Many instructors grow weary of hearing the question “what’s going to be on the test?” And further, some struggle with helping students effectively study for the exams. In a 2016 Teaching Professor Blog, writer Maryellen Weimer provided teaching activities that can make exam sessions more productive for students and less of a chore for instructors. With some adaptations, a couple of these activities included:
What’s going the be on the test? Students take three to four minutes to look over their syllabus, notes, and coursework assignments, and write down five things that they are confident will be on the exam. The students then form groups of three to five students and compare their lists. Taking turns, the student groups can write the topics on the board – thus providing classroom-generated ideas for what will be on the exam. The instructor can offer clarifying remarks for exam topics generated.
What makes a good answer? Instructors provide at least two examples of previous exam or essay questions. These answers can be constructed from previous semester and should be at different quality levels. Students grade the answers individually and then evaluate them as a group, focusing on what differentiates them. The goal of this activity is identifying concrete features of good answers. Students could then work on creating their own answers to the question posed and circulate their response to classmates for constructive feedback.
How should I study for the test? Students may rely on old standbys for studying including highlighting and re-reading class notes. Instructors can help students improve their performance based on cognitive psychology research. This research suggests studying for shorter periods across several days, quizzing and testing themselves, and trying different strategies such as reviewing alone and then with a friend. Instructors can encourage students to examine their calendars and develop a study plan over the course of several days (or weeks) to ensure studying occurs. In addition to these tips, we encourage you to share the many resources available to students through the Academic Success Center website. This includes individualized and group-facilitated experiences through course-specific and general academic assistance such as academic coaching, Supplemental Instruction (SI), and tutoring services as well as Psych 131, an academic skills course.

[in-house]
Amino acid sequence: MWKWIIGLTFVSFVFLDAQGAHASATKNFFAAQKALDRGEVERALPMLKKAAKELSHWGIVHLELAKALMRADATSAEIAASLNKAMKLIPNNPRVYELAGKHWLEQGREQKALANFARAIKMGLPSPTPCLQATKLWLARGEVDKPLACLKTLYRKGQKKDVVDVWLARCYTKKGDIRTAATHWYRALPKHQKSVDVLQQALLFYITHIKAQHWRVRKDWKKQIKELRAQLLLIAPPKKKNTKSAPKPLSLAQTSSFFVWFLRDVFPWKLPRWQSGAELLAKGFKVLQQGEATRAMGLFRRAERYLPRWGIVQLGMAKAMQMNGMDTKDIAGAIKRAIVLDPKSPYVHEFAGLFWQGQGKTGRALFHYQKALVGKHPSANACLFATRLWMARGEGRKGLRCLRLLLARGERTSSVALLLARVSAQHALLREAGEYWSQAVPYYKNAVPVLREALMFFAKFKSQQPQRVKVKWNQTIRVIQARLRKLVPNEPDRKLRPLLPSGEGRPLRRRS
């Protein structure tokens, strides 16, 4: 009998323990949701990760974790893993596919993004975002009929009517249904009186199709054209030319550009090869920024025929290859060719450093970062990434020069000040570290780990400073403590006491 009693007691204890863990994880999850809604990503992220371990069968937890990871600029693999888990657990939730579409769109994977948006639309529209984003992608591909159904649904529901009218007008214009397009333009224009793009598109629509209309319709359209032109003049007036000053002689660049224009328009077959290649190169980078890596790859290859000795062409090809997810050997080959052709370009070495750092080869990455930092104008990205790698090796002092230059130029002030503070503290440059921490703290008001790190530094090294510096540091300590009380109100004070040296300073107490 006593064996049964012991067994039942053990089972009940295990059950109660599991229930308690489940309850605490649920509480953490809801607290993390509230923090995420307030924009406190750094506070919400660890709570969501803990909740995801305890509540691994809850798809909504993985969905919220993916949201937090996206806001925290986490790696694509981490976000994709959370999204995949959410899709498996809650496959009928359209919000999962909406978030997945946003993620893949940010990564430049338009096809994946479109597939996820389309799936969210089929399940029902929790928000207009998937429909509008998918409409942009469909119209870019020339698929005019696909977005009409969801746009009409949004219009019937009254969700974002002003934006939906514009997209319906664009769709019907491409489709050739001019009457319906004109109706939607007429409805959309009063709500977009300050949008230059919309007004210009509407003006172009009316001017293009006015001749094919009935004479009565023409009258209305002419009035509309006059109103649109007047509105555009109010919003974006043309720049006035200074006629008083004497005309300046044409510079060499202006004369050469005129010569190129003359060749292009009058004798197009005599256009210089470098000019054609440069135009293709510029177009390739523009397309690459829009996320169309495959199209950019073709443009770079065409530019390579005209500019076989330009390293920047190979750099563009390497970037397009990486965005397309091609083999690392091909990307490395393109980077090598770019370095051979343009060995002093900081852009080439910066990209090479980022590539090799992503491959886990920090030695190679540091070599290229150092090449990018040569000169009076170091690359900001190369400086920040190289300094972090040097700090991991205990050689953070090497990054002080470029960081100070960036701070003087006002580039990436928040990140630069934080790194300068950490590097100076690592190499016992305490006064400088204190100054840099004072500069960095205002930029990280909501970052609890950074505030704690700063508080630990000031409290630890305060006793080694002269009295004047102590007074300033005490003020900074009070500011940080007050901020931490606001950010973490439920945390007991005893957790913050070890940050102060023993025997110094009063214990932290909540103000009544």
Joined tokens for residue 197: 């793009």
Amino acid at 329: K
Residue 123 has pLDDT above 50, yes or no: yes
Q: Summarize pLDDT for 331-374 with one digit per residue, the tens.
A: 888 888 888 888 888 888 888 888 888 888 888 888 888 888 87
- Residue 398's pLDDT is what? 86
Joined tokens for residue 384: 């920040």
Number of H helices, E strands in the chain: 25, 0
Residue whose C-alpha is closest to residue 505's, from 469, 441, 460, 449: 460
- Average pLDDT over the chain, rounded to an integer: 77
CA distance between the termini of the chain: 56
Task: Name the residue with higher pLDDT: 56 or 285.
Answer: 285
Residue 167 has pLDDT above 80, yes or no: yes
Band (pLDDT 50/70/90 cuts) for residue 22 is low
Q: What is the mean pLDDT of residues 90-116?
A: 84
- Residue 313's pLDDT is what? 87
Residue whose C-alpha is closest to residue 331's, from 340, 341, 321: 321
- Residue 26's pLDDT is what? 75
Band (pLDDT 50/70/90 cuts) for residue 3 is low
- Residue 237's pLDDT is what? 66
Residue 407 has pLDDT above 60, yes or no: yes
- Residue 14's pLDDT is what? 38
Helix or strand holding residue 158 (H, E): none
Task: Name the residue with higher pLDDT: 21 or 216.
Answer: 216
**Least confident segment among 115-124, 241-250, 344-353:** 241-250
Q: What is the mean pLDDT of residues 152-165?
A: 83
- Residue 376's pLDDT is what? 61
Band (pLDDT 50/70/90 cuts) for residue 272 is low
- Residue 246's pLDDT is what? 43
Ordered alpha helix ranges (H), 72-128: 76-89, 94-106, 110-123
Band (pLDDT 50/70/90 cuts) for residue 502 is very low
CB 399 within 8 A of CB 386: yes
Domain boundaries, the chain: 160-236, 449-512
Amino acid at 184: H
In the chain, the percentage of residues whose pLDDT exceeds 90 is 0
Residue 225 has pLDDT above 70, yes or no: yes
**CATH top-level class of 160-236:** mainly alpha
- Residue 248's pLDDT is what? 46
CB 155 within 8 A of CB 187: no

See you after spring break,
Sara Marcketti, Interim Director
Center for Excellence in Learning and Teaching